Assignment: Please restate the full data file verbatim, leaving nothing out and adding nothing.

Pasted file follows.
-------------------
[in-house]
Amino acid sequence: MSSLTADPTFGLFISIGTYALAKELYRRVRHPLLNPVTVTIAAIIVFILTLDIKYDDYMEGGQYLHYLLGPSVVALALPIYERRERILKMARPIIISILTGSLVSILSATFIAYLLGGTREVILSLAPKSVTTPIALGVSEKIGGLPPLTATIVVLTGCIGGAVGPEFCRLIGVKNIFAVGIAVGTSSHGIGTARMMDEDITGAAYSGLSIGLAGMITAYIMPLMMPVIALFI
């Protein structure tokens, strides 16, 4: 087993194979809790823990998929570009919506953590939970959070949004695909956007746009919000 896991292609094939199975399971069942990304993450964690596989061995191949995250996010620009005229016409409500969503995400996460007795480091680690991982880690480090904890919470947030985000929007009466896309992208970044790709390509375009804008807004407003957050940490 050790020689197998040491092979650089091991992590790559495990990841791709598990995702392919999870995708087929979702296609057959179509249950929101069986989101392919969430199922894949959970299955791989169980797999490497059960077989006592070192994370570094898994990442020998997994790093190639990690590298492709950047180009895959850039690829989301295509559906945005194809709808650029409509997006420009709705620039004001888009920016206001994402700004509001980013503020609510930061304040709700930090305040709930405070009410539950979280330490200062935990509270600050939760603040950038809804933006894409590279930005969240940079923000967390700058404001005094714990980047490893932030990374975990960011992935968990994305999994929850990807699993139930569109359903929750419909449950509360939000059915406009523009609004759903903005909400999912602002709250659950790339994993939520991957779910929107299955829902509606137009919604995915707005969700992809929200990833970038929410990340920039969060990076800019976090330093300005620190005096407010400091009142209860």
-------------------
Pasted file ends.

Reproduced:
[in-house]
Amino acid sequence: MSSLTADPTFGLFISIGTYALAKELYRRVRHPLLNPVTVTIAAIIVFILTLDIKYDDYMEGGQYLHYLLGPSVVALALPIYERRERILKMARPIIISILTGSLVSILSATFIAYLLGGTREVILSLAPKSVTTPIALGVSEKIGGLPPLTATIVVLTGCIGGAVGPEFCRLIGVKNIFAVGIAVGTSSHGIGTARMMDEDITGAAYSGLSIGLAGMITAYIMPLMMPVIALFI
């Protein structure tokens, strides 16, 4: 087993194979809790823990998929570009919506953590939970959070949004695909956007746009919000 896991292609094939199975399971069942990304993450964690596989061995191949995250996010620009005229016409409500969503995400996460007795480091680690991982880690480090904890919470947030985000929007009466896309992208970044790709390509375009804008807004407003957050940490 050790020689197998040491092979650089091991992590790559495990990841791709598990995702392919999870995708087929979702296609057959179509249950929101069986989101392919969430199922894949959970299955791989169980797999490497059960077989006592070192994370570094898994990442020998997994790093190639990690590298492709950047180009895959850039690829989301295509559906945005194809709808650029409509997006420009709705620039004001888009920016206001994402700004509001980013503020609510930061304040709700930090305040709930405070009410539950979280330490200062935990509270600050939760603040950038809804933006894409590279930005969240940079923000967390700058404001005094714990980047490893932030990374975990960011992935968990994305999994929850990807699993139930569109359903929750419909449950509360939000059915406009523009609004759903903005909400999912602002709250659950790339994993939520991957779910929107299955829902509606137009919604995915707005969700992809929200990833970038929410990340920039969060990076800019976090330093300005620190005096407010400091009142209860």